freshly squeezed pulp noir
Thursday, April 24, 2003
Instalment 12: pages 48-51 [Elliot drives back to Canberra, and attends dinner with Marina's flatmates]
TND was traditionally a late-starting event, and by the time we arrived it was only in mid-swing. Plates of cheeses, bread and crackers lay half-demolished about the lounge-room, and most of the dozen-odd guests were already balancing on their knees chipped share-house crockery bearing rice and a thick vegetarian curry. A patina of steam hung in the air, spreading the lingering scent of spices.
“Hi guys,” called Sarah, congenially waving her beer in our direction.
I waved back with my free hand, the other clutching a bottle of the Tradies second-least expensive red. I scanned the room and noted Jenny and, with a slight shock, Danielle. She smiled at me broadly, and raised her wine glass just a fraction. I didn’t have time to replace the idiotic stunned expression on my face with something more cogent before Eva bundled me into the kitchen.
“Come on,” she said. “Time to say our hellos and get that bottle opened.”
Ted and Trish, the couple that had first leased the house, were doling out the last of their curry from a veritable vat on the stove to the last of the guests, standing utterly swathed in steam. Between them and us were a few gangly, shaggy-haired men in skivvies and women without make-up in cardigans. A typical Canberra house party.
“Hi guys,” called Ted. “Let’s get that wine open, give its lungs a chance!”
“Good to see you,” cried Trish, barrelling at Eva.
The two were soon entangled in conspiratorial feminine snatches of half-whispered conversation and punctuating shrieks of laughter. Rather than stand about like a useless lump I soldiered on towards Ted with the wine, to attend to the manful business of corkscrews. A desire to open the wine, though, was about the sum of what we had in common.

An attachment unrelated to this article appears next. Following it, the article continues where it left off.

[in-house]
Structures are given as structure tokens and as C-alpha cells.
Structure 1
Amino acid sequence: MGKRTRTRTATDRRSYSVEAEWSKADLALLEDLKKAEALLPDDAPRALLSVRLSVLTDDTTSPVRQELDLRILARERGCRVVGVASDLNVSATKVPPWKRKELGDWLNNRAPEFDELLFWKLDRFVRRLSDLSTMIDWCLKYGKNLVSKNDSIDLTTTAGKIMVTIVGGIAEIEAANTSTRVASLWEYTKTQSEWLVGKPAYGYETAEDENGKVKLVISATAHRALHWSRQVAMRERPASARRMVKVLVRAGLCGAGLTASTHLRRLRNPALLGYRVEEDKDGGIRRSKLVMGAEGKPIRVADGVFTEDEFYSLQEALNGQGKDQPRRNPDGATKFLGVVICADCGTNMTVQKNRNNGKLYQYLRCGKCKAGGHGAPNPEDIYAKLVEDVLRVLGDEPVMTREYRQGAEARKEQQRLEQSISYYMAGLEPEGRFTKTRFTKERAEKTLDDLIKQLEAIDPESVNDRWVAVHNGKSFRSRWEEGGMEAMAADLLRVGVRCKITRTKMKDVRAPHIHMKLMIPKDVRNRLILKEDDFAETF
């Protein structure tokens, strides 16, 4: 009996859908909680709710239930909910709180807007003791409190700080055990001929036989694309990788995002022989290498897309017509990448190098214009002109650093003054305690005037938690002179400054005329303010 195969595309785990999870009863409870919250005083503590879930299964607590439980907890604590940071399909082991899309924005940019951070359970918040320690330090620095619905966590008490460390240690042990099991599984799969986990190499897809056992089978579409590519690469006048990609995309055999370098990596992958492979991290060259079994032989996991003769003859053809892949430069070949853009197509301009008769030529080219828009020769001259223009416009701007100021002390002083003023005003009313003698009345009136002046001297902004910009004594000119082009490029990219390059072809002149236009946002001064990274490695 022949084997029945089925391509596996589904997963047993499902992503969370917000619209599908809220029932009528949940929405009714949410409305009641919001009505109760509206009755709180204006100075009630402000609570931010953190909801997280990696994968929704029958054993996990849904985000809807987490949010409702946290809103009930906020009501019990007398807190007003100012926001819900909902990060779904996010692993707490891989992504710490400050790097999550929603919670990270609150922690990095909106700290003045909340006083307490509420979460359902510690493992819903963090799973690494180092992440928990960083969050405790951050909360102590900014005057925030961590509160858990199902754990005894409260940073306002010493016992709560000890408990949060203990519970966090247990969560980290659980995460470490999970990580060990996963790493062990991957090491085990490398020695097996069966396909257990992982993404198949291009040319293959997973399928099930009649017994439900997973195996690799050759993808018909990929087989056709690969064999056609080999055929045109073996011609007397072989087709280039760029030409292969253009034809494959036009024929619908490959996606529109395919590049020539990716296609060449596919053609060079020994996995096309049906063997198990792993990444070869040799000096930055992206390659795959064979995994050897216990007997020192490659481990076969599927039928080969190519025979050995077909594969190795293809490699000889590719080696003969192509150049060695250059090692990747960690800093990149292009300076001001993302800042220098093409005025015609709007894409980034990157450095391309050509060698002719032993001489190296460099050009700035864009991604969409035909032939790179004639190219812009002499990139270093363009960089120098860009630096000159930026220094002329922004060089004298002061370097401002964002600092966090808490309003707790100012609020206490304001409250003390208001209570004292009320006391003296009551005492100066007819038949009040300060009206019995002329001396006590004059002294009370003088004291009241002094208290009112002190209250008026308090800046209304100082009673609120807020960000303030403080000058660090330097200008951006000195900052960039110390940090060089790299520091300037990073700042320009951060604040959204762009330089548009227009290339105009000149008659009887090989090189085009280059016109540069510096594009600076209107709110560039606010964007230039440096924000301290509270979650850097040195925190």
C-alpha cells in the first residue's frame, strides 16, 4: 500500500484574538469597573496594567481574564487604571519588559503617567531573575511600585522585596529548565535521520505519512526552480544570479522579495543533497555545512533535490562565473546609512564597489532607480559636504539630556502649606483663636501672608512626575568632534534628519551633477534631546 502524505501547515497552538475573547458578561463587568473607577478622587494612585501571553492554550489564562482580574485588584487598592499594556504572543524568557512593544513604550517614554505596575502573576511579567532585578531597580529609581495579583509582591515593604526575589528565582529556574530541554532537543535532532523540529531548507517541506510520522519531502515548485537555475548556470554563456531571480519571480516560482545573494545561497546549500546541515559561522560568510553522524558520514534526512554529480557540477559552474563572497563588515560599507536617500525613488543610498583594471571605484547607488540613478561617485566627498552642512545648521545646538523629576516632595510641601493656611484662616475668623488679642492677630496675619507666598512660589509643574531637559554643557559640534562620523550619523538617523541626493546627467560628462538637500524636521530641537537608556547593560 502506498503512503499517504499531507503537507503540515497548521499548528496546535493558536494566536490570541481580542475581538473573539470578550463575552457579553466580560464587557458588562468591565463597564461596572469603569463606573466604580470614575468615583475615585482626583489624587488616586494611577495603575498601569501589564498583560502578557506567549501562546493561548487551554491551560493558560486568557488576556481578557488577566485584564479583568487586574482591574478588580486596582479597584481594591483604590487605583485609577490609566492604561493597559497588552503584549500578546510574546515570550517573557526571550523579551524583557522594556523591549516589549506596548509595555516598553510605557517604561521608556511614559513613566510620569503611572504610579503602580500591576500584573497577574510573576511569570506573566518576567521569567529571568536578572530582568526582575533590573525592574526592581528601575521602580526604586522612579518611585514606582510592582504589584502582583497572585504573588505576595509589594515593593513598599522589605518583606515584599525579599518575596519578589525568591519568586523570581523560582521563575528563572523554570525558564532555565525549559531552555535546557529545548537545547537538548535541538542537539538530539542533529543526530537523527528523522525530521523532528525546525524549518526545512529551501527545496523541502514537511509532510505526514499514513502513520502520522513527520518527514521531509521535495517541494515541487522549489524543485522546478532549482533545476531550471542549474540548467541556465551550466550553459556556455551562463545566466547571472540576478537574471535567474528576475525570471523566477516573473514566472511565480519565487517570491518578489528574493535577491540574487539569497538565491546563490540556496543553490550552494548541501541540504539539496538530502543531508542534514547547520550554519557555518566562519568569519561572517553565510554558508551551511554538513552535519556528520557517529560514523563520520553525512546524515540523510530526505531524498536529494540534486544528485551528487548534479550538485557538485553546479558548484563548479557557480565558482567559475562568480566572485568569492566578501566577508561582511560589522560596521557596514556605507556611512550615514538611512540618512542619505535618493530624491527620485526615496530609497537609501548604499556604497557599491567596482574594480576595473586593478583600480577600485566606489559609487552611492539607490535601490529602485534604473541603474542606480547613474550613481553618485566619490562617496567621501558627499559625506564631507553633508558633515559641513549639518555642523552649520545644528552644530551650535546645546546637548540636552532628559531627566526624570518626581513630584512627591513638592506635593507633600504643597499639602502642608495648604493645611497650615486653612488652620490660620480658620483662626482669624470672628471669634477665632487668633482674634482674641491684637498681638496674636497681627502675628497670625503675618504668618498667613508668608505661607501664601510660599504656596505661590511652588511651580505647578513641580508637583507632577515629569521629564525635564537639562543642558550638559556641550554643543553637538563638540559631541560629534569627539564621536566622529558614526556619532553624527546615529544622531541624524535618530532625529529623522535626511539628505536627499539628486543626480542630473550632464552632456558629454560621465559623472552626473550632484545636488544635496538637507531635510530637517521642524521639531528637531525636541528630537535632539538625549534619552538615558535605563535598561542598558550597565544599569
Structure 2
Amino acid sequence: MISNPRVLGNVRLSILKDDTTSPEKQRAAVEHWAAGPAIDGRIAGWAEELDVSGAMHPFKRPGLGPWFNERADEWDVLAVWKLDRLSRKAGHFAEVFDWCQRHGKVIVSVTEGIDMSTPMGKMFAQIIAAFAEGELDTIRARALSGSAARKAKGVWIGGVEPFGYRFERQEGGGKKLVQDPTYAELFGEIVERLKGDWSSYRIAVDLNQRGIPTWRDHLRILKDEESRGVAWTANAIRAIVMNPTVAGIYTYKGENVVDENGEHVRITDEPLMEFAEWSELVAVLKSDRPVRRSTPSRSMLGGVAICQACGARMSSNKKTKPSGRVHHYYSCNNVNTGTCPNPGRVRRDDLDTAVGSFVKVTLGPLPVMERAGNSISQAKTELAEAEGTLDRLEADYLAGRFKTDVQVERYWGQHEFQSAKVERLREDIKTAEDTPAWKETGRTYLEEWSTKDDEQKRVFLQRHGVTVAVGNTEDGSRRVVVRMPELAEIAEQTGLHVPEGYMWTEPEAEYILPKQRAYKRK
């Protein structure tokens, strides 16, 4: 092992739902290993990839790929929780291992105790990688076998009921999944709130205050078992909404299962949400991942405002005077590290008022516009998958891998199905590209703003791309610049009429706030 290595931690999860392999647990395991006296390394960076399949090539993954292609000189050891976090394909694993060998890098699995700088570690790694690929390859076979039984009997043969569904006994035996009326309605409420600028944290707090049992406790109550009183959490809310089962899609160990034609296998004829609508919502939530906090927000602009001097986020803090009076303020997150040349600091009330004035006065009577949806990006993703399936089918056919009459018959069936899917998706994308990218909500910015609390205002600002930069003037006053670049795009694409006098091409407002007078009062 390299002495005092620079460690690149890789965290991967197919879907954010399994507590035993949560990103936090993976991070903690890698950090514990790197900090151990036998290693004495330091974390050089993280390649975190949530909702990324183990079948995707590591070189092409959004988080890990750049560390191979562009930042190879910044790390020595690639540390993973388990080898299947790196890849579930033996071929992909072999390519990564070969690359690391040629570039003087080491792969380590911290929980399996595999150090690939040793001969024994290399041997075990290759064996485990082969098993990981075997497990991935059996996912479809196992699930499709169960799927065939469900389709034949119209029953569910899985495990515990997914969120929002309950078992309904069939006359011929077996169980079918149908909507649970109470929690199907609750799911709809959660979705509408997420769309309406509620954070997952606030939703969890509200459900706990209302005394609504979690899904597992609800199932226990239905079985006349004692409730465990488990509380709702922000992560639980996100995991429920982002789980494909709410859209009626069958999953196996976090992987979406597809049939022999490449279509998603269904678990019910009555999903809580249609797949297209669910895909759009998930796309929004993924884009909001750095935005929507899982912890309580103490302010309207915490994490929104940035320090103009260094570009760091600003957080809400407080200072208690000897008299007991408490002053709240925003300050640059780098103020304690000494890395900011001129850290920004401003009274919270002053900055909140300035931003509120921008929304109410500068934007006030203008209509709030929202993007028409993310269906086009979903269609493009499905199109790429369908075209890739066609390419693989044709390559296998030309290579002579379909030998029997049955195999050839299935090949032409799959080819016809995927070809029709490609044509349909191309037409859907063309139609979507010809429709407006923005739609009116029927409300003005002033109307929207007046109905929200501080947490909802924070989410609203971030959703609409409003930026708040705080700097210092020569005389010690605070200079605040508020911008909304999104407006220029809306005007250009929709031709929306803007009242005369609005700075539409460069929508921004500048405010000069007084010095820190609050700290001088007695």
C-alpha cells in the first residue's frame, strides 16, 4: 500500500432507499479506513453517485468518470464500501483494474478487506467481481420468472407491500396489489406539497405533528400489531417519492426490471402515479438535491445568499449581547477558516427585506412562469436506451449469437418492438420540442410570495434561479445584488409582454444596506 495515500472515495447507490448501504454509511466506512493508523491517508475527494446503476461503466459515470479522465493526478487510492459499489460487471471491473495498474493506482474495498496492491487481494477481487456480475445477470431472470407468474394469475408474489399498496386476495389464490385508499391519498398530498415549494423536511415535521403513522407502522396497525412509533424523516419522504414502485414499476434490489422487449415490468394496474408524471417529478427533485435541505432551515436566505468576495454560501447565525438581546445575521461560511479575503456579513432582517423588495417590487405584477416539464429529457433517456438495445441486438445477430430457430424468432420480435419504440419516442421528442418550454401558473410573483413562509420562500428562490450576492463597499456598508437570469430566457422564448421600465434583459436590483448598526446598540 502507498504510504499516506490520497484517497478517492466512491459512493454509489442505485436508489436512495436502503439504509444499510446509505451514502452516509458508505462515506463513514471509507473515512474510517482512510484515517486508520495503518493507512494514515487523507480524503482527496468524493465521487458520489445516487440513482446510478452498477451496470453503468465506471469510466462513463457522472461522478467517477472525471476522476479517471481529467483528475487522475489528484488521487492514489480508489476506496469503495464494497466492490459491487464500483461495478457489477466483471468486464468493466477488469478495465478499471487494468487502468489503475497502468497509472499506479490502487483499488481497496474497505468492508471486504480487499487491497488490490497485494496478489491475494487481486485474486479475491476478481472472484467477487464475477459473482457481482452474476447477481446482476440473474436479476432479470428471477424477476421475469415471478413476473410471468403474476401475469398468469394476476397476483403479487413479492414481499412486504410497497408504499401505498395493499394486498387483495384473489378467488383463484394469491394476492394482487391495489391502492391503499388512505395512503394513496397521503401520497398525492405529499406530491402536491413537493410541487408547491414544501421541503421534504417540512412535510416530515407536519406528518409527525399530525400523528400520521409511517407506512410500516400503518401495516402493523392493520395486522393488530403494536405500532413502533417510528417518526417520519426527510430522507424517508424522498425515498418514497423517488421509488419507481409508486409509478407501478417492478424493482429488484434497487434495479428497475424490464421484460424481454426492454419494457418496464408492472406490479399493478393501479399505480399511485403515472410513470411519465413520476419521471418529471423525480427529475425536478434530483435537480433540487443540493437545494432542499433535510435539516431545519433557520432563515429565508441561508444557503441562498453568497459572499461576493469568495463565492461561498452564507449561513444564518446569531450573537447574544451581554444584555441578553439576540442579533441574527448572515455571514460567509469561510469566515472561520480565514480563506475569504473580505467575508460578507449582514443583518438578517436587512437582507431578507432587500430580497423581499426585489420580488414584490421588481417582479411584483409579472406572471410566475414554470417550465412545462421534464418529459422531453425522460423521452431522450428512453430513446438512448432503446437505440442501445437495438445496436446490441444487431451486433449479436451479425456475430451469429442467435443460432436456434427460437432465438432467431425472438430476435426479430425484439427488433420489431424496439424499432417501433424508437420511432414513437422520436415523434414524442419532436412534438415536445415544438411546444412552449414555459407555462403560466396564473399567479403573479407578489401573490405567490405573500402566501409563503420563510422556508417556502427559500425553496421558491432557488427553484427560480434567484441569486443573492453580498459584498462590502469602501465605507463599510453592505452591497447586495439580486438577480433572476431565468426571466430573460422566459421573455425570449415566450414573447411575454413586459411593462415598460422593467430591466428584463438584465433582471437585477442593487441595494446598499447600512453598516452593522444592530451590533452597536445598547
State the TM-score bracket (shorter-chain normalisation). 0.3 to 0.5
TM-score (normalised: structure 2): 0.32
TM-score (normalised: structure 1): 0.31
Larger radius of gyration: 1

I can’t say I’ve ever much liked Ted. I’d always thought he regarded girlfriends as an accessory as easily acquired and disposed of as his ludicrous Hawaiian shirts. The lurid shirts, I always suspected, were chosen to emphasise his gym-hewn muscles and mocha-coloured skin. In pallid Canberra the exotic makes a splash, and after a shy adolescence Ted had turned to weight-training to capitalise on his Sri Lankan Indian genes. His looks and muscle tone drew a lot of attention, particularly in comfortably daggy government town where few outside the military tried that hard. He knew it, and with his laid-back mateyness, he knew how to use it. He’d hit his party years late, but had worked hard to cover ground quickly. My view of him was probably jaded a little further by the fact that several of his short-term serial girlfriends had been women I’d liked, but made only tentative moves towards, in the immediate aftermath of Marina. In my more generous moments I might even have conceded my attitude was one part jealousy to three parts concern for how he treated the women in question. Trish, small, cute and feisty was the first woman to hold him in line for terribly long – if she had. I liked Trish, but had a horrible feeling that one day her sharehouse would implode along with her relationship to Ted, the most likely cause being a taller, blonder woman making him an offer he was too vain to refuse. If Ted knew how I felt about him, he did a good job of ignoring it, treating me with the cheerful condescension he reserved for less well-built males. Still, he was one of Marina’s flatmates, and a talker, so I hoped to make something of the opportunity.